F.) Fuse links in wiring harness - look for 12 volts at the fuel injector red wires. All the fuse links live in a bundle up near the starter solenoid.
G.) Ignition switch - look for 12 volts at the ignition coil red/lt green wire.
See the following links for wiring diagrams...
http://www.autozone.com/servlet/UiB..._us/0900823d/80/16/71/3c/0900823d8016713c.jsp for 79-88 model cars
http://www.autozone.com/servlet/UiB..._us/0900823d/80/19/59/5a/0900823d8019595a.jsp for 89-93 model cars
http://www.autozone.com/servlet/UiB..._us/0900823d/80/1d/db/3c/0900823d801ddb3c.jsp for 94-98 model cars
2.) Spark at coil wire, pull #1 plug wire off at the spark plug and check to see spark. No spark, possible failed items in order of their probability:
A.) Moisture inside distributor – remove cap, dry off & spray with WD40
B.) Distributor cap
D.) Spark Plug wires
E.) Coil weak or intermittent - you should see 3/8" fat blue spark with a good coil
3.) Spark at spark plug, but no start.
Next, get a can of starting fluid (ether) from your local auto parts store: costs a $1.30 or so. Then pull the air duct off at the throttle body elbow, open the throttle, and spray the ether in it. Reconnect the air duct and try to start the car. Do not try to start the car without reconnecting the air duct.
1.) If it backfires, the chance for a serious fire is increased.
2.) On Mass Air cars, the computer needs to measure the MAF flow once the engine starts.
If it starts then, you have a fuel management issue. Continue the checklist with emphasis of fuel related items that follow. If it doesn’t, then it is a computer or timing issue: see Step 4.
Clue – listen for the fuel pump to prime when you first turn the ignition switch on. It should run for 5-20 seconds and shut off. To trick the fuel pump into running, find the ECC test connector and jump the connector in the lower RH corner to ground. See http://www.mustangworks.com/article...c-iv_codes.html for a description of the test connector. If the relay & inertia switch are OK, you will have power to the pump. Check fuel pressure – remove the cap from the schrader valve behind the alternator and depress the core. Fuel should squirt out, catch it in a rag. Beware of fire hazard when you do this. In pinch you can use a tire pressure gauge to measure the fuel pressure. It may not be completely accurate, but you will have some clue as to how much pressure you have.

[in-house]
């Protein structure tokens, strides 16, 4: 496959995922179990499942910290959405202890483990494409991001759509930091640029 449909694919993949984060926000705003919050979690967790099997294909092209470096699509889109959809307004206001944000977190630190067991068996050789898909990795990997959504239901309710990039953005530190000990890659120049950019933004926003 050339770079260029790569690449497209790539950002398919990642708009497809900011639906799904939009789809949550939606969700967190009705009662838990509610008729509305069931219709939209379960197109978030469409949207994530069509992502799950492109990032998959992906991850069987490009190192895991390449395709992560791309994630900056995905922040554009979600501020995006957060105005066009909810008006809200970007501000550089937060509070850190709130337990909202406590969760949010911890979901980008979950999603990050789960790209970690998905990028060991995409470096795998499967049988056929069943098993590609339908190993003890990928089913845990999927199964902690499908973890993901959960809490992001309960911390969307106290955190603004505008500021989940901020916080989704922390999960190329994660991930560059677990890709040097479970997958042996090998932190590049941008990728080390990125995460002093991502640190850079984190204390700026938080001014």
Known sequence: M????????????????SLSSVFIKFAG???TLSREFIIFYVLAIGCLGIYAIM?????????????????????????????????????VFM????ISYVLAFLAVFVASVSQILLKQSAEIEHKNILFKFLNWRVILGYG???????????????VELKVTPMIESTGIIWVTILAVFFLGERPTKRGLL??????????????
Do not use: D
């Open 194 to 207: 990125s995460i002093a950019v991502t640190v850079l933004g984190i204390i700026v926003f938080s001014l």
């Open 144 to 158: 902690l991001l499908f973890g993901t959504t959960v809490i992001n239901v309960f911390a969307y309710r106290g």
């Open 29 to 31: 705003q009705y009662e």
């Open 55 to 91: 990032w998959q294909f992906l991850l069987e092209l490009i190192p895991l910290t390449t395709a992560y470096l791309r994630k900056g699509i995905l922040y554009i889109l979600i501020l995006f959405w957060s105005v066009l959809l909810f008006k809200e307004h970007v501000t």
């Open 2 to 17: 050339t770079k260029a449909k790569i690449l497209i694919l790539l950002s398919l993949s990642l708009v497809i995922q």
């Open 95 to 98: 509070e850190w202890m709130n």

No fuel pressure, possible failed items in order of their probability:
A.) Tripped inertia switch – Coupe & hatch cars hide it under the plastic trim covering the driver's side taillight. Use the voltmeter or test light to make sure you have power to both sides of the switch
B.) Fuel pump power relay – located under the driver’s seat in most stangs built before 92. On 92 and later model cars it is located below the Mass Air Flow meter. Look for 12 volts at the Pink/Black wire on the fuel pump relay.
C.) Clogged fuel filter
D.) Failed fuel pump
E.) Blown fuse link in wiring harness. Look for 12 volts at the Orange/Lt Blue wire on the fuel pump relay. The fuse links live in the wiring harness near the starter solenoid.
F.) Fuel pressure regulator failed. Remove vacuum line from regulator and inspect for fuel escaping while pump is running.
Fuel pressure OK, the injectors are not firing.
A.) A Noid light available from Autozone, is one way to test the injector wiring.
B.) I like to use an old injector with compressed air applied to the injector where the fuel rail would normally connect. I hook the whole thing up, apply compressed air to the injector and stick it in a paper cup of soapy water. When the engine cranks with the ignition switch on, if the injector fires, it makes bubbles. Cheap if you have the stuff laying around, and works good too.
a.) Pull an injector wire connector off and look for 12 volts on the red wire when the ignition switch is on.
b.) No power, then look for problems with the 10 pin connecter (salt & pepper shakers at the rear of the upper manifold).
c.) No power and the 10 pin connections are good: look for broken wiring between the orange/black wire on the ECC relay and the red wire for the 10 pin connectors.
4.) Spark & fuel pressure OK.
A.) Failed IAB (no airflow to start engine). Press the throttle ¼ way down and try to start the car.
B.) Failed computer (not very likely)
C.) Engine ignition or cam timing off: only likely if the engine has been worked on recently).
D.) Firing order off: HO & 351 use a different firing order from the non HO engines.
HO & 351W 1-3-7-2-6-5-4-8
Non HO 1-5-4-2-6-3-7-8
E.) No start when hot - Press the throttle to the floor & try starting it if you get this far. If it starts, replace the ECT.
Instead of dealing with sucking out gas and dropping the tank, etc., I tested some of the above stuffs first (many thanks again, jrichker). The good news is...
Fuel pressure with key on, without cranking: 20 psi
Fuel pressure with key on, cranking: 40 psi
Pressure does not drop while sitting. Fuel pump relay clicks just fine.
...so, chances are it isn't the fuel pump/system.
The bad news is...
No spark at any cylinder. No spark from coil. Already swapped coils AND coil wires. Still no spark.
I suck. Y'all are right. It's an electrical issue. I hate electrical bug hunts.